By Most Rev. Richard W. Smith, Archbishop of Edmonton

Monday, August 9, 2010

Getting Ready for the Visit

When I was a parish priest I enjoyed getting out to visit parishioners in their homes whenever I could. Usually I would do this in one of two ways: either I would call ahead and make an appointment or I would simply show up at the door. You can imagine the difference in response as the door was opened. If I had called ahead the door would be opened wide, I would be welcomed in and offered something to drink along with some delicious food that they “just happened” to have on hand. When I would show up unannounced, often the window curtain would be pulled back a little to see who was at the door and I would then hear some muffled cries and panicky activity before the door was opened and I was almost invariably asked not to look at the mess.

In yesterday’s Gospel for Sunday Mass the Lord reminds us of a truth of the faith that we proclaim every time we profess the Creed, namely, that he will come again in judgment to take us to himself. Of course we do not know when this will happen. The Lord will simply show up. The inescapable conclusion from this is that we must be ready at all times to welcome the Lord. This readiness is having our “house” in order, which means knowing and loving the Lord, listening to his Word and following his teachings as given in Scripture and the doctrine of the Church, being reconciled with one another and caring for the needy. In short, being ready means living an authentic Christian life.

Now, it would be rather unusual if, in advance of my visit to your home, I went a few days early to clean it myself. Yet that is precisely what the Lord does to the “home” of our hearts. Conversion and renewal is God’s work. We cannot, by ourselves, convert to him and get our lives in order. The Lord wants us for himself, he desires our conversion and our response of love, and he, by his grace, teaches us, shows us the way, and puts things in order by healing us and drawing us to ever deeper conversion. What is necessary is that we trust him and open the door of our hearts to his healing grace.

This is what faith is all about. We trust that all things are held in God’s hand and we surrender our entire lives to his care and saving will. The passage at Mass yesterday from the Letter to the Hebrews is a beautiful explanation of faith as it has been manifested in some of our ancestors.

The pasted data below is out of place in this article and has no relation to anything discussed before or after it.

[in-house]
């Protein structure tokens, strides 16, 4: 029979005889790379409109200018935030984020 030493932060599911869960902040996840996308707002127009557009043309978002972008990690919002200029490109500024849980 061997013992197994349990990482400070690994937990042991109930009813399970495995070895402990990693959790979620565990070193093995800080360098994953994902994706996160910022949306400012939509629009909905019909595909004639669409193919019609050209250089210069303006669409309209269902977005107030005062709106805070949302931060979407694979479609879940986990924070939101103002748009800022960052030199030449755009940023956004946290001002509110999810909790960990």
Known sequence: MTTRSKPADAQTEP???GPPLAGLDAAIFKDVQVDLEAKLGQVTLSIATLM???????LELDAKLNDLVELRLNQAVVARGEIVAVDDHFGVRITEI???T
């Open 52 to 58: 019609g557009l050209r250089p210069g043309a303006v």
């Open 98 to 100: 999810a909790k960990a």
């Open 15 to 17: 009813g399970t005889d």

Our beautiful faith is being shown in the lives of people today, too. For example, two important events in the life of the Church occurred over the past few days, gatherings of people of faith in faith. In Ottawa the national convention of the Catholic Women’s League of Canada got under way yesterday. I had the great privilege of being their national spiritual advisor for five years. This experience gave me firsthand knowledge of the devotion of these women to the faith of the Church and their commitment to putting that faith in practice by addressing the issues of the day in the light of the Gospel, particularly by the passing of resolutions related to a host of issues and calling upon both the government and the members of the CWL to action. It is often said, and it is true, that if you want to get an accurate picture of the issues the people of today are grappling with and that need the light of the Gospel, just pay attention to the resolutions of the CWL. These women are a great blessing to the Church and our country.

The second event was the Supreme Convention of the Knights of Columbus, held last week in Washington D.C. I was blessed to be able to attend. These men are fully committed to living the consequences of their faith in Christ, especially through charitable outreach. The amount of money and volunteer hours that they commit each year, for example, in outreach to the poor and needy, and in defense of the sanctity of life and marriage is truly extraordinary. They are not afraid to wear their faith on their sleeves and to stand up and be counted. They give wonderful witness to the truth and beauty of the faith and to the joy of life in the Church. This witness can give much needed hope to the people of our day.

Both the CWL and the Knights of Columbus are examples of how to be “ready” to meet the Lord when he comes. They recognize that faith, and life itself, is a gift which must, therefore, be stewarded. May their example help all of us to be ready to open the door to the Lord when he comes for that all-important visit!